Brays Learning Curve: Three on the Bar

 

Money Play. Should Red double? If doubled, should White take?

 

Experts 4

XGID=cA–BbC-B–BbB—–dAb-Bb-:0:0:1:00:0:0:3:0:10

 

Three checkers on the bar is normally a recipe for a swift drop, a resetting of the board and the starting of a new the game. This week’s position is relatively unusual and if you have seen nothing like it before you are going to have trouble evaluating it.

White has three checkers on the bar and a disjointed home board. He also trails in the race by 18 pips with his opponent on roll. However, he holds a 5-pt anchor and his opponent only has two and a half home board points. Furthermore, Red has only ten checkers in the attack zone and three of his checkers still in White’s home board. These latter factors should give White hope especially if Red cannot cover the blot on his ace-point next time.

This position occurred in the Battersea chouette where there are more takes than in “normal” backgammon. The box (Red) did double and of course all four opponents took. What do you think of the cube decisions?

White’s 5-pt anchor is the key point on the board. That will keep him in the game forever and because Red has a shortage of checkers in the attack zone, he doesn’t really have many immediate market losing rolls, unless of course, you think he has already lost his market. However, only the big doubles really threaten White immediately.

In fact, the take is trivial for White, he just has too much play and too many ways to win to give this one up. As for the double it is right on the borderline. You can double or not double and you will be correct. Despite appearances, the position is not very volatile, I would only double this position if I thought my opponent would pass and that wouldn’t happen in the Battersea chouette!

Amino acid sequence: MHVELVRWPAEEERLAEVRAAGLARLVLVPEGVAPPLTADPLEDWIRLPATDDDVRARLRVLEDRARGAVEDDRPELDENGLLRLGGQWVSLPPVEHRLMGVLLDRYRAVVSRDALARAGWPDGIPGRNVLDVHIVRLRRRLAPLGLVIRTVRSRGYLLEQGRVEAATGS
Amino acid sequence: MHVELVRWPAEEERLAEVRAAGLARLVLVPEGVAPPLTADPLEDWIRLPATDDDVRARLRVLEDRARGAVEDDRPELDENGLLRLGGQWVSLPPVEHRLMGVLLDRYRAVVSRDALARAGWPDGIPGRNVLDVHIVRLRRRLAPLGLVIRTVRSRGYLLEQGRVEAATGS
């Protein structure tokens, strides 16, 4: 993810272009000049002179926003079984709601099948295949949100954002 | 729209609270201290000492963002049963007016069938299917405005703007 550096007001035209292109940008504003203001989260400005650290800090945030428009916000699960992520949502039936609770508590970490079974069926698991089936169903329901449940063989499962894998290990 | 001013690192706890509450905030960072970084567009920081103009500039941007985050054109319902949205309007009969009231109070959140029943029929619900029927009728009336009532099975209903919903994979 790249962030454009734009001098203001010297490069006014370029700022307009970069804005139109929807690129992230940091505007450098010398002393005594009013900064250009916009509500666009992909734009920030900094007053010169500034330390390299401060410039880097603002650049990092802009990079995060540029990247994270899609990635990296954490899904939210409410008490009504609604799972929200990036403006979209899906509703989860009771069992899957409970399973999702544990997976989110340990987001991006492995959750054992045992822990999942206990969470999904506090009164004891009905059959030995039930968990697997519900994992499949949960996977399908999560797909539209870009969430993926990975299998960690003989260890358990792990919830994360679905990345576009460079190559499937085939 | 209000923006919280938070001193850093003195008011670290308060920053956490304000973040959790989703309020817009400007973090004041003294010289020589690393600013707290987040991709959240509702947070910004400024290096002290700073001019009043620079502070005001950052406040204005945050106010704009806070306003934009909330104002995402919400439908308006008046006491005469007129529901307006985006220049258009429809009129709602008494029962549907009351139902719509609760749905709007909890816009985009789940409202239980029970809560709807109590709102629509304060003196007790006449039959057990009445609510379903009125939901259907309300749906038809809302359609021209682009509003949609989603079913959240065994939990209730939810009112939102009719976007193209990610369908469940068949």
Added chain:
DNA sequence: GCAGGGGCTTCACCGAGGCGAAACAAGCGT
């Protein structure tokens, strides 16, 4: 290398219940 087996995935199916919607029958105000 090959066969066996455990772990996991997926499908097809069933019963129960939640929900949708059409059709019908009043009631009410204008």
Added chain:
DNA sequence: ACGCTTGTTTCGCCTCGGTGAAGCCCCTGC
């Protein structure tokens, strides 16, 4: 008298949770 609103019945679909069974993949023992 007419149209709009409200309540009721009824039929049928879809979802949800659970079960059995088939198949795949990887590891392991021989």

In this instance, the takers were rewarded by being able to redouble Red out later on but of course a one game rollout proves nothing!

The key is to file this position in your memory bank and reuse it. The other way to learn is to play around with the position to see how that changes things. For example, if you take the spare checker on Red’s 6-pt and put it on his 1-pt giving him a three-point home board then the borderline decision is the take and not the double!

Rollout Information from Extreme Gammon

Experts 4 rollout

Bray’s Learning Curve — A Great Member Benefit
Bray’s Learning Curve is a USBGF online series by author Chris Bray. Each week Chris lends his sharp insight and easy to understand analysis to help you improve your game. Visit the USBGF Facebook page every Monday to view an interesting backgammon position and join in the lively discussion, return on Tuesday to view the answer. In addition, as a USBGF member, you get access to this companion blog article that includes an expanded explanation.  More about Chris Bray

 

 

Bray’s Learning Curve: Priorities

Money Play.   How should Red play 22?

2018 - Intermediates 4

XGID=—–bE-CAA-cC–bc-e—-B-:0:0:1:22:0:0:3:0:10

Over the board Red chose 24/22(2), 13/9. Was he correct?  Sadly for him, he was a long way from the best move.

Not moving the back checkers at all is a huge error so they must at least advance 24/22(2). After that, if they remain there, then the best move for the other two twos is 10/8, 6/4, followed by 6/4(2) but both of these moves are blunders as is any move other than the correct one.

One the basic principles of backgammon in the early game is that if your opponent has made an advanced an anchor you should strive to do the same. Here Red has as a glorious opportunity to do just that with 24/20(2)!!

The blots left on the 9- and 10-pt are irrelevant. If hit, they can easily be recycled precisely because Red has his advanced anchor. The advanced anchor also cuts down Red’s gammon losses when thing go badly.

After 24/20(2) White is about a 60/40 favourite but Red is in the game for ever. If Red elects to anchor on the 22-pt his sixes are blocked and he can quickly get into trouble.

The key is to understand that the advanced anchor is far more important than the blots. There are many positions in backgammon where having two exposed blots spells extreme danger – this is not one of them!

Rollout Information from Extreme Gammon

intermediates 4 rollout

Bray’s Learning Curve — A Great Member Benefit
Bray’s Learning Curve is a USBGF online series by author Chris Bray. Each week Chris lends his sharp insight and easy to understand analysis to help you improve your game. Visit the USBGF Facebook page every Monday to view an interesting backgammon position and join in the lively discussion, return on Tuesday to view the answer. In addition, as a USBGF member, you get access to this companion blog article that includes an expanded explanation.  More about Chris Bray

 

 

USBG Intermediate Divisional XLVIII

Vinson Blanson 2018_sm